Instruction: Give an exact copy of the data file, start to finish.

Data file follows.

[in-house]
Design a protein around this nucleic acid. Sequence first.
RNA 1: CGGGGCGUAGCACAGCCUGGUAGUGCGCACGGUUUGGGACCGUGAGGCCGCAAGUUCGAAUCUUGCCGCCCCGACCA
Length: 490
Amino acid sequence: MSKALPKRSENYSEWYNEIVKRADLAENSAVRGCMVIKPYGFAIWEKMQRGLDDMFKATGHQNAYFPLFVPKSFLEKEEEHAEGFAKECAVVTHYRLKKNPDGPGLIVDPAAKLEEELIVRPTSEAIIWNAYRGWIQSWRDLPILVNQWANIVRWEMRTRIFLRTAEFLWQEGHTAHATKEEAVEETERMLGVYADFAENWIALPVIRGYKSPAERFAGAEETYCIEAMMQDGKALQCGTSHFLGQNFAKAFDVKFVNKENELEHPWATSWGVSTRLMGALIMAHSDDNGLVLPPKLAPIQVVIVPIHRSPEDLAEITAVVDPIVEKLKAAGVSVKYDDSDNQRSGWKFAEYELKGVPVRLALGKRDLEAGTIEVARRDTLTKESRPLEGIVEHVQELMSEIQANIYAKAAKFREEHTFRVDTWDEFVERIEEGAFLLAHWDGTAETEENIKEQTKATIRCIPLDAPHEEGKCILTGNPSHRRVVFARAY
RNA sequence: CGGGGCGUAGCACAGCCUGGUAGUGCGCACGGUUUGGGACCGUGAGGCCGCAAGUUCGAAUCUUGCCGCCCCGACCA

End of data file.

[in-house]
Design a protein around this nucleic acid. Sequence first.
RNA 1: CGGGGCGUAGCACAGCCUGGUAGUGCGCACGGUUUGGGACCGUGAGGCCGCAAGUUCGAAUCUUGCCGCCCCGACCA
Length: 490
Amino acid sequence: MSKALPKRSENYSEWYNEIVKRADLAENSAVRGCMVIKPYGFAIWEKMQRGLDDMFKATGHQNAYFPLFVPKSFLEKEEEHAEGFAKECAVVTHYRLKKNPDGPGLIVDPAAKLEEELIVRPTSEAIIWNAYRGWIQSWRDLPILVNQWANIVRWEMRTRIFLRTAEFLWQEGHTAHATKEEAVEETERMLGVYADFAENWIALPVIRGYKSPAERFAGAEETYCIEAMMQDGKALQCGTSHFLGQNFAKAFDVKFVNKENELEHPWATSWGVSTRLMGALIMAHSDDNGLVLPPKLAPIQVVIVPIHRSPEDLAEITAVVDPIVEKLKAAGVSVKYDDSDNQRSGWKFAEYELKGVPVRLALGKRDLEAGTIEVARRDTLTKESRPLEGIVEHVQELMSEIQANIYAKAAKFREEHTFRVDTWDEFVERIEEGAFLLAHWDGTAETEENIKEQTKATIRCIPLDAPHEEGKCILTGNPSHRRVVFARAY
RNA sequence: CGGGGCGUAGCACAGCCUGGUAGUGCGCACGGUUUGGGACCGUGAGGCCGCAAGUUCGAAUCUUGCCGCCCCGACCA